Sawdust Confessions

You just see once if this don't beat all.

My Virg just happened to be in the wrong place at the wrong time and got himself elected VP of the consistory, and ever since that day, the things that washed up our way—well, you just wouldn't believe.

Our church here is vacant, too, and thaf s no picnic because Virg's got to line up talent every week or risk having to read something himself from the pulpit. And I know better than anyone how he can bore the shine off a new Ford. I know because I've listened to him read devotions since he came back from the war in Korea.

So last week he lined up the good Rev. Killespaw, a retired preacher who speaks in proverbs instead of paragraphs. People like him because they say hearing Killespaw is like listening to a recording of his own greatest hits. He knows what'll play well after all those years.

But the thing is, Killespaw calls Virg at eight—that's right, eight o'clock Sunday morning is what I'm saying—and Virg says he knows there's trouble the second he hears Killespaw's voice.

"Sounded just like what you hear on a record if the needle doesn't come down just right," he told me when he put down the phone. "His voice is shot."

Now I don't enjoy admitting that what happened was pretty much my fault, but like I say, I been listening to Virg read the Bible after every meal most of my life, and I didn't want to share that kind of pleasure with our congregation, who're already tired of the who's-up-today? show you get whenever you don't have your very own undershepherd.

So I thought of Madalyn, whose daughter Sarah married a man whose name I can't always remember. But I knew this much—the guy is a preacher in some sawdust church someplace halfway to nowhere. Madalyn says that whenever they visit, it takes her nerves a week to settle—thaf s how ashamed she gets of what happens in that barn her son-in-law calls a church.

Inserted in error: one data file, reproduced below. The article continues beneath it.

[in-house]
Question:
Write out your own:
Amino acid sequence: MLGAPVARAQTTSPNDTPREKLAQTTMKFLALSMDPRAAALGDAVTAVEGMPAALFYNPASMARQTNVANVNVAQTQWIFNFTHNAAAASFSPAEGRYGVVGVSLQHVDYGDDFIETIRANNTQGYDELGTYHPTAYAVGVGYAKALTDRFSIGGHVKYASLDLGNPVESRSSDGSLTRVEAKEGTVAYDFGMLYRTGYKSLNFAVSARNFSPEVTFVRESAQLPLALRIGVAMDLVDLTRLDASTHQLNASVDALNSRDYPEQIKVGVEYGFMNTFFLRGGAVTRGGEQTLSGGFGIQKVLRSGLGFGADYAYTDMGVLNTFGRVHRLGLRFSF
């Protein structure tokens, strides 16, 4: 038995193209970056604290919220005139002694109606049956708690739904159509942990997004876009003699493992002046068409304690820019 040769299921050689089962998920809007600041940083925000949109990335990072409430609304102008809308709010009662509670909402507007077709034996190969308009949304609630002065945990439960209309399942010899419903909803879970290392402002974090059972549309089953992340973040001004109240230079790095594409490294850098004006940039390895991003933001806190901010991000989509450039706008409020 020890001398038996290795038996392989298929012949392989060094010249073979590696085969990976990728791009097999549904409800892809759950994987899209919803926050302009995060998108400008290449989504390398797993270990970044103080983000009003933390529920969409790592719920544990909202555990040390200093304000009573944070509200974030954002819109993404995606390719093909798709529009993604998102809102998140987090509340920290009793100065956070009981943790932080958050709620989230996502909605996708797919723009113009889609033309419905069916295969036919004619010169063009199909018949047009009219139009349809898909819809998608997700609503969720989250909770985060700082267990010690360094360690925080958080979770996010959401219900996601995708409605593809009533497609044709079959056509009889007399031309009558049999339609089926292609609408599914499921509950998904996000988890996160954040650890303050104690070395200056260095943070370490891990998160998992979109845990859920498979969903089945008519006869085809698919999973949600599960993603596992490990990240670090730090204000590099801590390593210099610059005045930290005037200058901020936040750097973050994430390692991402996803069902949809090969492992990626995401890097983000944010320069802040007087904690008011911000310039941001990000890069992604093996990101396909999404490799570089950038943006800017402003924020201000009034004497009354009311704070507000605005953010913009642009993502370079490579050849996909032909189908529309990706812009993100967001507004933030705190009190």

Brandon, that's his name. Sounds like someone with class, but you can't always tell a book by its cover.

So I figure if s either my Virg or this carnival Brandon. And after all, how small are we if we keep a preacher of the word off our pulpit because he's not of our particular persuasion?

"Call Madalyn," I told him. "Her son-in-law is in town. He'll preach."

Virg looked over at me and started laughing.

"Well," I said, looking down at my watch, "then we'll just have to page through that book and find something for you to read."

Virg would rather tear wood shingles off the county courthouse in one-hundred-degree heat than stand up in front of people. He glanced up at the clock himself, then back at me, and his face went sour. "Whaf s her number?" he asked.

Now this Brandon might be handsome if it weren't for the scrag-gly sideburns and a mole the size and color of a penny right on the corner of his eye. Some people, I'm sure, could even like him some if they were used to him. Takes all kinds.

But last Sunday he came up in our pulpit like it was the one good thing he never had a chance at in a life that was about to close down. He led the first song with his arms pumping, which just isn't done here. But for that we can forgive him.

Then he looked down at the back of the bulletin and said that right now we're supposed to confess our sins. Any ordinary fool knows that means saying the same words all the preachers say and then reading the Ten Commandments. Anyone but Brandon.

"Maybe what we ought to do," he said, "is have each of you turn to the person to your left and tell him or her your iniquities."

Iniquities, he called them.

"Then turn around t' other way. Go on now. I'll give you a few minutes to share your sins with your brothers and sisters in Jesus."

It just isn't done. I don't have to tell you that.

But he looked down at the pulpit Bible and started paging through, looking for the sermon passage. We didn't have a choice. All over the church people turned to their left and looked at folks they'd known, inside and out, for their whole lives. Talk about uncomfortable.

Madalyn said her daughter didn't hesitate. She whirled to her left and faced her mother.

"Mom," she said, "sometimes I get so mad at you I could just about croak."

Now I ask you, what does a decent woman say to that right there in church? Madalyn says she wanted to slap her face or walk out or scream bloody murder, but she did what just about everybody did—she bit her tongue and turned away from her daughter, looked to her left, and stared straight into the eyes of her husband, Bill. There she stood, she said, full of venom, and at first she couldn't even talk.

"What's with you?" he said.

"I think I hate my daughter," she told him.

"Now what'd she do?" Bill asked.